Finally, after struggling in that relationship and not getting the results I wanted, I quit that dream and started down a different path, one that led me to the Alexander Technique.

The Alexander Technique:

The Alexander Technique is a mindfulness practice based in the body.  It is based on the principle that freedom of movement comes from how we direct our thought. By visualizing energy, we release tension in the neck to allow the head to be poised at the top of the spine. This is what F.M. Alexander called “directing our thought”. He named this “Conscious Control” of the body, in contrast to our habitual movement patterns, which often result in tension. The premise of the Alexander Technique is that the length of the spine is determined by a coordination of its parts. Learning this technique taught me where I was constricted in my physical movements. It led me to the awareness that my breathing patterns were not effective, and although I had mastered Alexander’s directions, I still felt very rigid due to shallow breathing patterns. I was introduced to Carl Stough’s work in Breathing Coordination at that time.

Breathing Coordination:

From Carl, I learned that the ease of movement stems from the ease of the breath. My diaphragm was so weak that I was not able to access a free breath. I had a to re-learn how to breathe. From years of holding my breath, I had to learn how to recondition my diaphragm. After leaving each session with Carl, I became aware of the contrast between my day-to-day breathing, and Breathing Coordination.

Image result for diaphragm breathing

The Physiology of Breathing:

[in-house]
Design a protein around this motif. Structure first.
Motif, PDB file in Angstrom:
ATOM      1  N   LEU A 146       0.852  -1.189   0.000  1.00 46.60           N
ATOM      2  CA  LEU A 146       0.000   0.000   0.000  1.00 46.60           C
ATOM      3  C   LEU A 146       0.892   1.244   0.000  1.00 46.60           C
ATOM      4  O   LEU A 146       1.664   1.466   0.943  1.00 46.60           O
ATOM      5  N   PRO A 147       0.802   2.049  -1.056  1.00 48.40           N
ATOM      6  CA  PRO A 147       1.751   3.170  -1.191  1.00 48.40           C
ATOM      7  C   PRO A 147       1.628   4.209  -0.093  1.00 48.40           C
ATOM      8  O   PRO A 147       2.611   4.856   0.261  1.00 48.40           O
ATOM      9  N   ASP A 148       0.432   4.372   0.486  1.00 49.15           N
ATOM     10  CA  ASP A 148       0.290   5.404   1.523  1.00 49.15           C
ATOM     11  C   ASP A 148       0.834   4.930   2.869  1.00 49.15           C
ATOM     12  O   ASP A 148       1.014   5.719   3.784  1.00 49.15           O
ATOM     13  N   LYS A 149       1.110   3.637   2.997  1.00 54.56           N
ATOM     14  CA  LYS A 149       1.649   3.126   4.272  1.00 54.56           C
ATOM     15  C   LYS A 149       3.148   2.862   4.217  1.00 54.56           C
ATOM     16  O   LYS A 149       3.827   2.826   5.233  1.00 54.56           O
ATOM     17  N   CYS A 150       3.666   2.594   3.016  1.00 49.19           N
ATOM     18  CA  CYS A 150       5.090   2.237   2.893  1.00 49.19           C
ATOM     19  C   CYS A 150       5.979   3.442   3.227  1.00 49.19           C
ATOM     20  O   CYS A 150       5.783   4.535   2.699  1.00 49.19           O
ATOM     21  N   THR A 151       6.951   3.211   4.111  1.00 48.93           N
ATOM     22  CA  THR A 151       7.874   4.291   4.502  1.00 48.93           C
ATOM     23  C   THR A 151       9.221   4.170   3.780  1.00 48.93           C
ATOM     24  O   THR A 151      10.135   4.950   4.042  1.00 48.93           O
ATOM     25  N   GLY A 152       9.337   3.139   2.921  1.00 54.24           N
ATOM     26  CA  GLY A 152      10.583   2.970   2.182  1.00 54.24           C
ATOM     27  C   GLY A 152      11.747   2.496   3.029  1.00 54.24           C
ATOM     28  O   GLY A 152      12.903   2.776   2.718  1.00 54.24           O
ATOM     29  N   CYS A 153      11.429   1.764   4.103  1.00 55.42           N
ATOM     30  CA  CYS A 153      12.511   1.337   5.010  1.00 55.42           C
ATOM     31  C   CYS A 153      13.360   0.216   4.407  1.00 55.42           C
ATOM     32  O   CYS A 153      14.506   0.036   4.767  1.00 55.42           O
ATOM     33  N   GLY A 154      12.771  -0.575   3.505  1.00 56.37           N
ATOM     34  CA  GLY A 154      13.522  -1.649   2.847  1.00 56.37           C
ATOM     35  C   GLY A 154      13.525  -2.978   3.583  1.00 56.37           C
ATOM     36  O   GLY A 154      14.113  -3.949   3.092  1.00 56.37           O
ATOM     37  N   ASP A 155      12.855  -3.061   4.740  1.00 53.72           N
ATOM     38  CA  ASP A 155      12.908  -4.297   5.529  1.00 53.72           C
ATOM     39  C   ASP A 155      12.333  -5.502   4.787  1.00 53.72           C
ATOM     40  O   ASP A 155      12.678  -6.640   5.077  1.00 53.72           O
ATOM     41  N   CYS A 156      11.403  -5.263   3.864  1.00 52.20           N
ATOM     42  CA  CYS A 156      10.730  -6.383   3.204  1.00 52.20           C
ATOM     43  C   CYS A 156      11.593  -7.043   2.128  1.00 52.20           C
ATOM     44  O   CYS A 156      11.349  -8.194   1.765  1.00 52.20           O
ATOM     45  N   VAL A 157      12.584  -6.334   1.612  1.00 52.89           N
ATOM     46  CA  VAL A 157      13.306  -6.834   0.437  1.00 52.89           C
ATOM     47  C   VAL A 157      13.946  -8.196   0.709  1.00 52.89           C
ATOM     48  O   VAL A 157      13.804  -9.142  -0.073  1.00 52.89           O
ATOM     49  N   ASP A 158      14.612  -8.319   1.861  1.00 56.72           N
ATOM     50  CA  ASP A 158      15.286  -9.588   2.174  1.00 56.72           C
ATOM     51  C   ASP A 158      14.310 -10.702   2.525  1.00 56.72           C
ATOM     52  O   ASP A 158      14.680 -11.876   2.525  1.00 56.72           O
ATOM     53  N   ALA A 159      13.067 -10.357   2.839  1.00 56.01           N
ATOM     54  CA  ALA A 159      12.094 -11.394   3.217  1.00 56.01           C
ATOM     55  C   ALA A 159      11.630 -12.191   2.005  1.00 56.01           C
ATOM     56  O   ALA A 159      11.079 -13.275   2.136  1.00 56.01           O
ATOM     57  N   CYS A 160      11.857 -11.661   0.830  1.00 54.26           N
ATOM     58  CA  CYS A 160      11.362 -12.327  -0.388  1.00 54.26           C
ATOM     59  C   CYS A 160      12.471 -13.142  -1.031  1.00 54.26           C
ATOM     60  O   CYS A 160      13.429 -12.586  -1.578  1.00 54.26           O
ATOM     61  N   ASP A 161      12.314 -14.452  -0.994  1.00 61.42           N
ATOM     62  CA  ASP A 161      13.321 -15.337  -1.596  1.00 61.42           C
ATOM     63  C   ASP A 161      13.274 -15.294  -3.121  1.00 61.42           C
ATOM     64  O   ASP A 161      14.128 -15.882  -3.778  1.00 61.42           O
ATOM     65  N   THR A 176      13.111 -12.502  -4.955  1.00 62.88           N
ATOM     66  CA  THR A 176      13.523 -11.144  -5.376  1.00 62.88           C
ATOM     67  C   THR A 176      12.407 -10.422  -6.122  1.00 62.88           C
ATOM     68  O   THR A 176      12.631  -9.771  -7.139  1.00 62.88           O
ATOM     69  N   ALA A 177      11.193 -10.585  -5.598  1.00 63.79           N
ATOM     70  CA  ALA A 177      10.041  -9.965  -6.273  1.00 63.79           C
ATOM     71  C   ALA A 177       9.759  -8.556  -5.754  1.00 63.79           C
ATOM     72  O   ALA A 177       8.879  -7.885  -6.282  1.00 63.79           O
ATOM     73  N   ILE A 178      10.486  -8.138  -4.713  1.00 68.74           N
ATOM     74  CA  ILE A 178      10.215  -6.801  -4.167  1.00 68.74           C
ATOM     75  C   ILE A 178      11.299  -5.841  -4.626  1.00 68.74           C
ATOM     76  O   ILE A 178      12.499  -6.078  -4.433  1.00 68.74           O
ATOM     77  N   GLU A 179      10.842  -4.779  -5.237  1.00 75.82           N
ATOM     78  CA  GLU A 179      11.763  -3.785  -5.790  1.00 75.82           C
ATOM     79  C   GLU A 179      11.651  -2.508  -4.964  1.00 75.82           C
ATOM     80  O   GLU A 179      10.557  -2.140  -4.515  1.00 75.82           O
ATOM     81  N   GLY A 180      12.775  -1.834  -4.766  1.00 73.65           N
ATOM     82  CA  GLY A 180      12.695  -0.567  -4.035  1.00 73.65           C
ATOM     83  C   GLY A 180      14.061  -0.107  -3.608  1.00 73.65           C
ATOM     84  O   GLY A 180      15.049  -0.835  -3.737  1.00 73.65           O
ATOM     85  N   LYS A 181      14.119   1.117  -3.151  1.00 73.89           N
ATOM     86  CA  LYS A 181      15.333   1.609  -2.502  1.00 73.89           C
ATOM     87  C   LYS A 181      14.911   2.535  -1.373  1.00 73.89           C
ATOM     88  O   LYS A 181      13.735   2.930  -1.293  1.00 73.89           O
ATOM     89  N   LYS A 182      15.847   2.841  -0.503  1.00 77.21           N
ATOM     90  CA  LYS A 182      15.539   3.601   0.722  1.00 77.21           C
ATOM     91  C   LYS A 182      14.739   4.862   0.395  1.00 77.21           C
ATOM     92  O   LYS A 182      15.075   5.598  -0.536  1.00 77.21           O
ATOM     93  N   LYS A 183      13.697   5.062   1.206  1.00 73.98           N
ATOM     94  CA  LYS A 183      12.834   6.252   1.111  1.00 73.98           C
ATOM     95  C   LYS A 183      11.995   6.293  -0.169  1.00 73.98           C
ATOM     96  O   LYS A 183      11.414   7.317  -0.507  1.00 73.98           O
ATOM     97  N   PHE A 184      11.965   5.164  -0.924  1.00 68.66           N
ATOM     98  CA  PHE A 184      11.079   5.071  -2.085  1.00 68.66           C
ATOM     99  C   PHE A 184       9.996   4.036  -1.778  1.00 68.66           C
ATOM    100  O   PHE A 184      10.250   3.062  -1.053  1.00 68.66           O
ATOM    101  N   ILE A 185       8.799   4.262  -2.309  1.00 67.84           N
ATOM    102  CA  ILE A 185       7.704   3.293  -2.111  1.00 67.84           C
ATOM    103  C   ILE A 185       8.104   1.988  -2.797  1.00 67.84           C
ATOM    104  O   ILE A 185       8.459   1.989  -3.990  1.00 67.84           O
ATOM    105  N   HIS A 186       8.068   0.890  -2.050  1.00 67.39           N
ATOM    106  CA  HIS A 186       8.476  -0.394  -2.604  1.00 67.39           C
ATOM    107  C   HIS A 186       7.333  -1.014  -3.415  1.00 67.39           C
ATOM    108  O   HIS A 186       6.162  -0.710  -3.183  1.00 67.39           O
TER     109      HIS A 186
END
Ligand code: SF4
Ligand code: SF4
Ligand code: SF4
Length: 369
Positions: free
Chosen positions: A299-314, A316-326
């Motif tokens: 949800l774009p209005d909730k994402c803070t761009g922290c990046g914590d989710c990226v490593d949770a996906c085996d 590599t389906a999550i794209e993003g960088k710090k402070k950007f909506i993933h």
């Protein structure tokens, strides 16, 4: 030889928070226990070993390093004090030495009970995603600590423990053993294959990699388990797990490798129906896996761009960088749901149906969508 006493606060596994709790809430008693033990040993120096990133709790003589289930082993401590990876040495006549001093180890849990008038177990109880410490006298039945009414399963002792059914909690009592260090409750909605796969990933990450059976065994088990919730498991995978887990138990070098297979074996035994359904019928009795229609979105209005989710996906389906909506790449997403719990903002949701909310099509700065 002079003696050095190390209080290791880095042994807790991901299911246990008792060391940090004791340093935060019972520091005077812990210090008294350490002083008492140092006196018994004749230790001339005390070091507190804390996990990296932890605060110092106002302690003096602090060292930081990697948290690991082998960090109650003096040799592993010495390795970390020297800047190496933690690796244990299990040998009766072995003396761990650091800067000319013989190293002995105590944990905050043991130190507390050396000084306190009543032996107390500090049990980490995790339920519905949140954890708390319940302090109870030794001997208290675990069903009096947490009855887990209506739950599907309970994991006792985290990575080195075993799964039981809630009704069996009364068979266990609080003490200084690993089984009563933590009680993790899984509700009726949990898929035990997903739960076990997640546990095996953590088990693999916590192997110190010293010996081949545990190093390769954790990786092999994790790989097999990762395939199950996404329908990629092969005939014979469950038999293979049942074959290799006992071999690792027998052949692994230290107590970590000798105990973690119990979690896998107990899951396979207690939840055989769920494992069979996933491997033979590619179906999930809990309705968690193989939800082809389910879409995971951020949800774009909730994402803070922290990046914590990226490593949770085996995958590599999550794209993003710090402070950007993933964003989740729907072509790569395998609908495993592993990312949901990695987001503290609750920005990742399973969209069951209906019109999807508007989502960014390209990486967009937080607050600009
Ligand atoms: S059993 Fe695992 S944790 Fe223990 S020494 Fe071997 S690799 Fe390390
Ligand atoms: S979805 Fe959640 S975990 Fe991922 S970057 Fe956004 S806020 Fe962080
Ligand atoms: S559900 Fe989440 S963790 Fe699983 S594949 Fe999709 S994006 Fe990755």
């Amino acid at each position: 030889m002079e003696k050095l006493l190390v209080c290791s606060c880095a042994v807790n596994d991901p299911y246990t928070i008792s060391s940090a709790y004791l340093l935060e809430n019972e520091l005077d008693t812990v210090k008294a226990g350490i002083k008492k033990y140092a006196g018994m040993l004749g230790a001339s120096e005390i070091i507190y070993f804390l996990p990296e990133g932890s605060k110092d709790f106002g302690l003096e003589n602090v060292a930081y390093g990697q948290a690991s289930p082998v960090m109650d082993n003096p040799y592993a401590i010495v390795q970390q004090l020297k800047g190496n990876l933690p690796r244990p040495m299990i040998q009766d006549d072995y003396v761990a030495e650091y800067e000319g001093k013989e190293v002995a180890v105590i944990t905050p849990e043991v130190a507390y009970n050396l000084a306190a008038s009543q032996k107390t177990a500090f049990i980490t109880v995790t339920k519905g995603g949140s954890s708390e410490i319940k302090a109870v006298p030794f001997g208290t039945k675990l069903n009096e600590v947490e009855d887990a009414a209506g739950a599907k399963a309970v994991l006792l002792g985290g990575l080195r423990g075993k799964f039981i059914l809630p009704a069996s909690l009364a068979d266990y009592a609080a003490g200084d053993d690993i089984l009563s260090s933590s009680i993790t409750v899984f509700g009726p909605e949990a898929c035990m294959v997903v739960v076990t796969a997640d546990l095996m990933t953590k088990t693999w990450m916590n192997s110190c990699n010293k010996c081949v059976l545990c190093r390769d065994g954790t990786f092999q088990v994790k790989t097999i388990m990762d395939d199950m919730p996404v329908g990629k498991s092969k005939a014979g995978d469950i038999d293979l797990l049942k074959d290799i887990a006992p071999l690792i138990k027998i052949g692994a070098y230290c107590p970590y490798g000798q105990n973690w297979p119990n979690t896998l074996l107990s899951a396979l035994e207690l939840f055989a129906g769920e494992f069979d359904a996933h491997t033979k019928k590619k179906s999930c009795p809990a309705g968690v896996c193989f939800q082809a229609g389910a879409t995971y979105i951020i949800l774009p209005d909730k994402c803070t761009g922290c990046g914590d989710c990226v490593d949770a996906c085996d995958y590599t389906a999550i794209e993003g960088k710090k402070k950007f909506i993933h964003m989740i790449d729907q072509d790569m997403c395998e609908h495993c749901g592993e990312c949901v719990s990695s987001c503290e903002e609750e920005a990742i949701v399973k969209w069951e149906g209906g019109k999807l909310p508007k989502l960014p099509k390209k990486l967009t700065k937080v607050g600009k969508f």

Unlike many techniques, the Stough breathing method focuses on the coordination of the diaphragm, the accessory muscles, and the voice as a three-fold approach to restoration and revitalization. It is based on restoring the strength of the diaphragm by using vocalization, toning, and vibration. It is meant to create a resonance through all the cells of the body—even the tiny mitochondria are restored by resonance. That response cannot be achieved by muscular pressure, or force. It can only come from ease and messaging from the brain’s autonomic system.

What I learned is that that modern life has restricted and constricted our breathing so that, rather than a full and easy breath, most of us have patterns of restriction coming from holding or pushing our breath.

In my sessions with Carl, I was able to realize once again the freedom I knew as a child dancing. From that knowing, I have centered all my teaching. Once I knew what a true, full breath felt like, I knew what freedom was and how to reclaim it in my body.

As a private practitioner and as a workshop leader, my focus over and over again starts with this coordinated movement of all the breathing muscles. The tools I learned from both the Alexander Technique and Carl Stough led me to what I call Body Dialogue.

With the flow of the inhale and exhale is the flow of life.


This flow is the source of life, and all the great Eastern spiritual traditions teach that as a reality. But we in the West have distorted even that truth. Powering the body as we do in the West does not lead to freedom—it leads to stress.

I invite you to join me this Spring at the Atlantic Center for the Arts to explore Moving Into Joy.

BD- moving into joy flyer